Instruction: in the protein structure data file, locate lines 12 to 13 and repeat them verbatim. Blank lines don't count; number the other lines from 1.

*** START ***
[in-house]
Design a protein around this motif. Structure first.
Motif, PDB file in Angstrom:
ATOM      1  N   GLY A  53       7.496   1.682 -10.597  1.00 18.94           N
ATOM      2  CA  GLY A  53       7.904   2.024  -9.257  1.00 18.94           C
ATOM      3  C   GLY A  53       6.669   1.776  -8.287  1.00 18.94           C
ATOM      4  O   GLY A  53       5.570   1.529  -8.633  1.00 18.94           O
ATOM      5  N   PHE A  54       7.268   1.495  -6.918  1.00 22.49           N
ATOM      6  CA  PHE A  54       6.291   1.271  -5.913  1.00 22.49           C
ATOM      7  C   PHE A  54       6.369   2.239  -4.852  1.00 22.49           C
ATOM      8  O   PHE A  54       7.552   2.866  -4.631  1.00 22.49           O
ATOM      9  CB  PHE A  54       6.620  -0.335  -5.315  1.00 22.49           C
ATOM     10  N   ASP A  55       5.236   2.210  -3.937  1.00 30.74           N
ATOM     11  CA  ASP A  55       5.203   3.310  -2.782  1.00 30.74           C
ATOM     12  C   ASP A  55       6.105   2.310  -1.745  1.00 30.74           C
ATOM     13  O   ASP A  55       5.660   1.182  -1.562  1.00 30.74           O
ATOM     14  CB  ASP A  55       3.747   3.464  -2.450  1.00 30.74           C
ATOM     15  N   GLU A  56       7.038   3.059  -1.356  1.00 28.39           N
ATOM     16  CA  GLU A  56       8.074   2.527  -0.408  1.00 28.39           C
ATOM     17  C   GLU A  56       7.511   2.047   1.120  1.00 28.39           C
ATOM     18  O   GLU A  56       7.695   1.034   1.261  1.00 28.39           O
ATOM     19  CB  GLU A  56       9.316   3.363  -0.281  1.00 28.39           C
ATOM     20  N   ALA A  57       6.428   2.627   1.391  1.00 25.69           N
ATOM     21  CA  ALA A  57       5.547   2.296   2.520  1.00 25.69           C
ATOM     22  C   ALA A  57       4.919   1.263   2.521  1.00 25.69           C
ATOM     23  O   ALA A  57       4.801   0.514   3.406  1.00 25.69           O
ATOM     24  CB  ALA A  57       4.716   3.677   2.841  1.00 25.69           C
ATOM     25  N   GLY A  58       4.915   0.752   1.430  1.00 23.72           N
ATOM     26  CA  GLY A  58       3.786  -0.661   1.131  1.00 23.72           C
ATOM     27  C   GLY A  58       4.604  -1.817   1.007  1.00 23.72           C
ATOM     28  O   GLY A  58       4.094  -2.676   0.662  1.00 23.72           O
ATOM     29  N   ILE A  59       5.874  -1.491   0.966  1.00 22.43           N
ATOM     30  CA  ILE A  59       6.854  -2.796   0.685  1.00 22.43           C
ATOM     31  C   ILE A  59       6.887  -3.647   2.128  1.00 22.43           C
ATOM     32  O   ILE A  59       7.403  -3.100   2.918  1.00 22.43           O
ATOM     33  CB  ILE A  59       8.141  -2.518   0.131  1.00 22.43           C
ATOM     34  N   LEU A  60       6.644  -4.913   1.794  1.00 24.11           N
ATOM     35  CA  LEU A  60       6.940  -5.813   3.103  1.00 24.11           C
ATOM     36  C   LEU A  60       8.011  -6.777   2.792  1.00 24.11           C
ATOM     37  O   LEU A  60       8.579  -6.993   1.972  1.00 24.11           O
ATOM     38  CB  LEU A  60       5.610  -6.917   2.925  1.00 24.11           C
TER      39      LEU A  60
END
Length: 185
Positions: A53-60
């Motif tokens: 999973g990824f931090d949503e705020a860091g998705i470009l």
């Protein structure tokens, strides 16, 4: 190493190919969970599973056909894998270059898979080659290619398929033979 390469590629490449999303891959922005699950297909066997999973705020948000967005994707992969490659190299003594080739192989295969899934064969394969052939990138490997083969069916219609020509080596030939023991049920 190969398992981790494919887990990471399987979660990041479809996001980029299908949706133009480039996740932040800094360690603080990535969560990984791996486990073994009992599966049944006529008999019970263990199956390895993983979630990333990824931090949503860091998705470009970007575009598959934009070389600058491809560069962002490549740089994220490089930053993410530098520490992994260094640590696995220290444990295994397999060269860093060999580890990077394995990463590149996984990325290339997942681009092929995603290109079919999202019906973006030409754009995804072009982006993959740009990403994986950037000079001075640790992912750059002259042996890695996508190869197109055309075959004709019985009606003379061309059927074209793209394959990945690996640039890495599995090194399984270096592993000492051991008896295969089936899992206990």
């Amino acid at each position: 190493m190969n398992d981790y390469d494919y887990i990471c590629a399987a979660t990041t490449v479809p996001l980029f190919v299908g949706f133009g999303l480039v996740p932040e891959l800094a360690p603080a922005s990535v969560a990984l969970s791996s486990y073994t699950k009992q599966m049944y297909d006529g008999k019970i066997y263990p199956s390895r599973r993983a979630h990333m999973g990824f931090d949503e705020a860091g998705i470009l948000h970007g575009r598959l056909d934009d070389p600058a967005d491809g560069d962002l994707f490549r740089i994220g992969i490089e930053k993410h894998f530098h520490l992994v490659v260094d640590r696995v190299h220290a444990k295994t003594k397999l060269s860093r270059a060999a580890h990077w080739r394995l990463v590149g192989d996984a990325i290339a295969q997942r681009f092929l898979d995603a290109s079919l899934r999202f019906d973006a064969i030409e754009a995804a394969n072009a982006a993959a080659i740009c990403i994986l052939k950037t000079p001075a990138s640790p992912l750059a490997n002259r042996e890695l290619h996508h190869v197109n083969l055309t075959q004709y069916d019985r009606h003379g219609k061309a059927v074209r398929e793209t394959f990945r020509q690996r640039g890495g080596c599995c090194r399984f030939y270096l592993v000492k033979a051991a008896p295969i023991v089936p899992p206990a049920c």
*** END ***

ATOM      9  CB  PHE A  54       6.620  -0.335  -5.315  1.00 22.49           C
ATOM     10  N   ASP A  55       5.236   2.210  -3.937  1.00 30.74           N